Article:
Anybody who attended Saturday morning's practice at Clarke Hinkle Field across the street from Lambeau Field could see that three young quarterbacks were McCarthy's focus. With Brett Favre absent, Aaron Rodgers, Ingle Martin, and Tom Arth are getting a great opportunity to showcase their skills this weekend.
McCarthy, beginning his first season as Packers head coach, is working through the process of being in charge, which, he has admitted, has been an adjustment. Except for being that guy at practice with the pen coming out of the back of his hat, he has been relatively inconspicuous on the practice field during his first practice sessions this year. Where he has stood out, though, is when he works hands-on with the quarterbacks.
For at least 10 minutes on Saturday, he worked one-on-one with Martin, some 30 yards removed from the rest of organized team activity. While the team went about its business with the other coaches, McCarthy spent time breaking down footwork and the dropback with his rookie quarterback. Close by, quarterbacks coach Tom Clements worked with Rodgers and Arth on hitting the "hot read" and getting the ball out quickly.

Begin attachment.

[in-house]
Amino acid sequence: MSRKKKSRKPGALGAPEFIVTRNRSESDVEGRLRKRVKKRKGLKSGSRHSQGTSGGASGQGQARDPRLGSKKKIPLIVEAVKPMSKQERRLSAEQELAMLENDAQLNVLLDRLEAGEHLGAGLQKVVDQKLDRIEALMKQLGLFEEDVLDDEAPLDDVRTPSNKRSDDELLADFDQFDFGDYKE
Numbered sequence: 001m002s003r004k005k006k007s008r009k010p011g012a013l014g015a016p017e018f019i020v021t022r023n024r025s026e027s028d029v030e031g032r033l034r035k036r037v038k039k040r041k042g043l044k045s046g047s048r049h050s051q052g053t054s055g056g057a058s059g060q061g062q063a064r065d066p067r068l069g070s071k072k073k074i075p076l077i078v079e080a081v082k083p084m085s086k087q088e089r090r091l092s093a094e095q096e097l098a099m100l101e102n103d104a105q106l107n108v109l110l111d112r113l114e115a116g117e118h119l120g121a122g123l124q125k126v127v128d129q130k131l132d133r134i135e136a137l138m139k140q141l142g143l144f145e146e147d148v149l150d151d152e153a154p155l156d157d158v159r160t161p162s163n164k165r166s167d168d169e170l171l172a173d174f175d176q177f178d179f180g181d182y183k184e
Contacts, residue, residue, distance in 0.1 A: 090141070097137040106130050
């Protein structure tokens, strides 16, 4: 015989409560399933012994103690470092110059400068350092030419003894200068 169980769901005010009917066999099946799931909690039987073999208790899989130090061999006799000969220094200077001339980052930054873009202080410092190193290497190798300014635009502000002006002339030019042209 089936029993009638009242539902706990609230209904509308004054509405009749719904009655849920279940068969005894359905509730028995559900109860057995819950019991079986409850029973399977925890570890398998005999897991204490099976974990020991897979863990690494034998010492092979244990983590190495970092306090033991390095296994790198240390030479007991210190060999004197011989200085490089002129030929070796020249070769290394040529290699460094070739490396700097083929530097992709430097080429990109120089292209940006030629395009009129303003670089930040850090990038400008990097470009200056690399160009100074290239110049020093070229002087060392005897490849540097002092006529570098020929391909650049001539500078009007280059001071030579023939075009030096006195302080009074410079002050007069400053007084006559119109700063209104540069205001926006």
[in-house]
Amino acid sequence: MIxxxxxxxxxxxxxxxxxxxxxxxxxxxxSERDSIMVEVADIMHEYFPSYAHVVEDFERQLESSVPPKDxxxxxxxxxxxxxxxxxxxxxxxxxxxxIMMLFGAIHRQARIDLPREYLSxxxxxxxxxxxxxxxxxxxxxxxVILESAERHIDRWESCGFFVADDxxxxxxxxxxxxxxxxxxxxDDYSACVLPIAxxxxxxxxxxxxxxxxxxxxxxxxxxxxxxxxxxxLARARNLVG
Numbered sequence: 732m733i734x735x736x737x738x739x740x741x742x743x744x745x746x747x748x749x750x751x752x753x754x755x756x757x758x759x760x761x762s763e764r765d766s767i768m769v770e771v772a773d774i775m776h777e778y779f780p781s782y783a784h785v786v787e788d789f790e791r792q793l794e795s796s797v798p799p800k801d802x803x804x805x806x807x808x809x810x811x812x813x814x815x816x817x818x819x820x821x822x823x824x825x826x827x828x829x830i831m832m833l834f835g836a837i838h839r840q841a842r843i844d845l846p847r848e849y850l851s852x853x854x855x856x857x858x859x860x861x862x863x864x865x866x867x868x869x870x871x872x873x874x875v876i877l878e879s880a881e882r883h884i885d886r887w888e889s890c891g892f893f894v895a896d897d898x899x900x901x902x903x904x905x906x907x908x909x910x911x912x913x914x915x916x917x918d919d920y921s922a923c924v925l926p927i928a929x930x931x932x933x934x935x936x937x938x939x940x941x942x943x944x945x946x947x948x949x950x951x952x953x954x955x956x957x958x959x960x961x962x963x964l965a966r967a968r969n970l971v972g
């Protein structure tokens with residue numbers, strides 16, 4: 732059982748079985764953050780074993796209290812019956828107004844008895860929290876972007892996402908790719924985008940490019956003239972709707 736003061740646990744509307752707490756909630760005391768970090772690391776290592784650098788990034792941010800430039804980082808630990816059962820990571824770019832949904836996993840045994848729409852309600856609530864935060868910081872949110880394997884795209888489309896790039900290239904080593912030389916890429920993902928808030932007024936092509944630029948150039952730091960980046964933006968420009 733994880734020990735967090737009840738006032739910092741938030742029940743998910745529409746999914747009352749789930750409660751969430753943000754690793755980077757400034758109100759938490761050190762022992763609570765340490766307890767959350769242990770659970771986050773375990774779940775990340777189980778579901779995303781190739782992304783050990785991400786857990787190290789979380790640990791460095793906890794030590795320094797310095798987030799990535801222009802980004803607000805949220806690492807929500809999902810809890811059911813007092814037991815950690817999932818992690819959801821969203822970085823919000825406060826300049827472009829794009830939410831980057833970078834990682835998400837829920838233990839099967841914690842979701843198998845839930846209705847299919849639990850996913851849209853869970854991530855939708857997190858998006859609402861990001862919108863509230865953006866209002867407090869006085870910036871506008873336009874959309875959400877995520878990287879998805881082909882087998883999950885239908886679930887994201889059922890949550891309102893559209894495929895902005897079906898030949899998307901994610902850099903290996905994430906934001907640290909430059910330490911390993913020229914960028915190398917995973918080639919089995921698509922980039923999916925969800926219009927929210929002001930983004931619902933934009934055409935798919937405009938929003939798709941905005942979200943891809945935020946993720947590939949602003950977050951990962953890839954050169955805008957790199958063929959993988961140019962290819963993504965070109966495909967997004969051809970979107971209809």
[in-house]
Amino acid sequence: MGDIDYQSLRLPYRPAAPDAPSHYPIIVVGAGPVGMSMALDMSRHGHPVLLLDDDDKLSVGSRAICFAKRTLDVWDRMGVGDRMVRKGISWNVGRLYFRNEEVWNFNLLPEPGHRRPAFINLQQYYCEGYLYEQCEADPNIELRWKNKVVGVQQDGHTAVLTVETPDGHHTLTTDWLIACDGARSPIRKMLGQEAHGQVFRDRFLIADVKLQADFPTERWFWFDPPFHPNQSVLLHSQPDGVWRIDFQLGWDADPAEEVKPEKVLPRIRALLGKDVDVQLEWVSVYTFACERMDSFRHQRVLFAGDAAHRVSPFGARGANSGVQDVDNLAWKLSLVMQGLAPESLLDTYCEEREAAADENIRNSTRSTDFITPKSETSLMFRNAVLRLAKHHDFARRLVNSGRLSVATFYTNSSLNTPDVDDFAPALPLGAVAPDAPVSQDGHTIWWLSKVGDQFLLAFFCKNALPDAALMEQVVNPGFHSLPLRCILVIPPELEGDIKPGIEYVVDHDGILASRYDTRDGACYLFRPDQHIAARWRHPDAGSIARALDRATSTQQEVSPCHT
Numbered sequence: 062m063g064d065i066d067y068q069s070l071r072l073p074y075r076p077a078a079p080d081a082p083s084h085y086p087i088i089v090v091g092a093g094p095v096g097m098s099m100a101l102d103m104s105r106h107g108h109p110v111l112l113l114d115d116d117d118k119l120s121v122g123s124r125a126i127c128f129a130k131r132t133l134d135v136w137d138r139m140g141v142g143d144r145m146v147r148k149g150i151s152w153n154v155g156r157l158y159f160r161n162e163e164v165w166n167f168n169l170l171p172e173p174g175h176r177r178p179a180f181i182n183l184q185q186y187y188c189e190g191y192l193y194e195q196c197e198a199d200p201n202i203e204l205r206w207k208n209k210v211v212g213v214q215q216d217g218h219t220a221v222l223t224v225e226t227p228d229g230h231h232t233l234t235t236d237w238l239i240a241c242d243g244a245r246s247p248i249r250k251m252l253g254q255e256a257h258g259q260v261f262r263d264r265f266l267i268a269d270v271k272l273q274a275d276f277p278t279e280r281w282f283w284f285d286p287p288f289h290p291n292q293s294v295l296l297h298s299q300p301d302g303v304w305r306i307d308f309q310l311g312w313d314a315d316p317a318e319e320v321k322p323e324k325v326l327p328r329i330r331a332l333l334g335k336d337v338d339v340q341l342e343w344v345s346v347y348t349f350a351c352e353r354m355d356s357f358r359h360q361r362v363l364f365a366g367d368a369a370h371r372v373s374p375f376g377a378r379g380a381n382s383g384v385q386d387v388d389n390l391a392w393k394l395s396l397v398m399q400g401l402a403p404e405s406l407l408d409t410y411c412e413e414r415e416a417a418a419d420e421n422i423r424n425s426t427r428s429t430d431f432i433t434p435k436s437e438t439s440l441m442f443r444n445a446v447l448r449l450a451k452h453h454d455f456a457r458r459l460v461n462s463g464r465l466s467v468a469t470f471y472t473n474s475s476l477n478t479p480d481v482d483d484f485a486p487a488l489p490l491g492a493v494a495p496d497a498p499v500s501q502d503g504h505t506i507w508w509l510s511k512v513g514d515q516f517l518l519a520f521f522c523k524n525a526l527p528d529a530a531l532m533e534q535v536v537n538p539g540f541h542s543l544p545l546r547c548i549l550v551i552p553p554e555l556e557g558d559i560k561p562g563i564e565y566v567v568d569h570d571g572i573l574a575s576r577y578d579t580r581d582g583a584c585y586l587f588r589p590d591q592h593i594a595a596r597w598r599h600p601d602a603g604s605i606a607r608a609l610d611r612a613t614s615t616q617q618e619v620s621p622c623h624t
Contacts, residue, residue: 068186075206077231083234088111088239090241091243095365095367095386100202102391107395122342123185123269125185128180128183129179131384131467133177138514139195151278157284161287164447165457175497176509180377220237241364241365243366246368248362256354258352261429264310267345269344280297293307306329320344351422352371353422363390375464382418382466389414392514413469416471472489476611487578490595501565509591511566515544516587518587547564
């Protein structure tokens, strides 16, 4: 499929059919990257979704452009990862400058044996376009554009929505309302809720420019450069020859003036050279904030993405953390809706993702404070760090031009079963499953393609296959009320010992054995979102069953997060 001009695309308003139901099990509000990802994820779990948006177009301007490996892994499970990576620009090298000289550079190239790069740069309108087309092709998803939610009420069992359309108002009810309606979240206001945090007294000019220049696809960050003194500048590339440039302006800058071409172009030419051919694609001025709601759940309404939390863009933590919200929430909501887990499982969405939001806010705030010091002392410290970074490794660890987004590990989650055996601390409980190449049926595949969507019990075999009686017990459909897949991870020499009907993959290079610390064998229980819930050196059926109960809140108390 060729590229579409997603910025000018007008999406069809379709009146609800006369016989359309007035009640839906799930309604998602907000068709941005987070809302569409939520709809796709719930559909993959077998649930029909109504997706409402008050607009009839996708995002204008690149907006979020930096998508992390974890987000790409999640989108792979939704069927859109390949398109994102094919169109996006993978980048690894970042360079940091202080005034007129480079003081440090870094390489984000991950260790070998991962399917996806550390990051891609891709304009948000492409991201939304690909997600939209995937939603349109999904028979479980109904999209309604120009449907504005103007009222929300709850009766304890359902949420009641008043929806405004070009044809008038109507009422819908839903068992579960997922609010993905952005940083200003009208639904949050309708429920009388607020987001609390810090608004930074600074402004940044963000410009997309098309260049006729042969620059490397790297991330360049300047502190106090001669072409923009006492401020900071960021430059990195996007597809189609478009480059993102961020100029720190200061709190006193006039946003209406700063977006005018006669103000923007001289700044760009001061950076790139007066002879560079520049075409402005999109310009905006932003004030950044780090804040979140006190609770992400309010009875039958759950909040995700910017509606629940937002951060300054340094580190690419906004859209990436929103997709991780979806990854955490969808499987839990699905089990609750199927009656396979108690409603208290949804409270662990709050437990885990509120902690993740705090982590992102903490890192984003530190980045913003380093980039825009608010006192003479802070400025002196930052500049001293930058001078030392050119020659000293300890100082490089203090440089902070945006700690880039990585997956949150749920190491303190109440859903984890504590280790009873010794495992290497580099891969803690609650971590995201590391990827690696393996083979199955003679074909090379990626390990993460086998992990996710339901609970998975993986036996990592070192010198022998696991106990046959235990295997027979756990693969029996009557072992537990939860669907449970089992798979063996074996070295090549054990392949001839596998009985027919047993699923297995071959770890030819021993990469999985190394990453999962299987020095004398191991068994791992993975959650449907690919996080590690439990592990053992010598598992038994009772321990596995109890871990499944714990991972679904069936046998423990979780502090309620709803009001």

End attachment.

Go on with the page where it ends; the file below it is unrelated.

"This is the closest environment you get to playing in a game, and for a quarterback, you can't have enough live ‘reps,'" said McCarthy. "I think it's vital to all the young guys, the whole quarterback group, to take full advantage of this weekend because as you know, in this league, the starter usually gets the majority of the ‘reps' and once you get into the season, he takes all the ‘reps.' So this is a very important time for a development of a quarterback."
While it is way too early to tell exactly what kind of coach McCarthy will be, his early actions on the practice field indicate he knows and is utilizing his strengths. With 10 of his 19 seasons as a coach (in college and the NFL) working directly with the quarterback position, he would be doing the team an injustice to ignore the position in the off-season just because he is a head coach now. He needs to do what he does best, and thus far, that is working with quarterbacks.
As with most mini-camps, skill position players are about the only ones that can really show anything, and the quarterbacks have done well. Not discounting the work Rodgers and the others have put in, the improvement with the young quarterbacks and the attention that McCarthy has been giving them is a sign that he has had a positive influence on the position already.
Editor's note: Matt Tevsh is a regular contributor to PackerReport.com and Packer Report. E-mail him at firstname.lastname@example.org.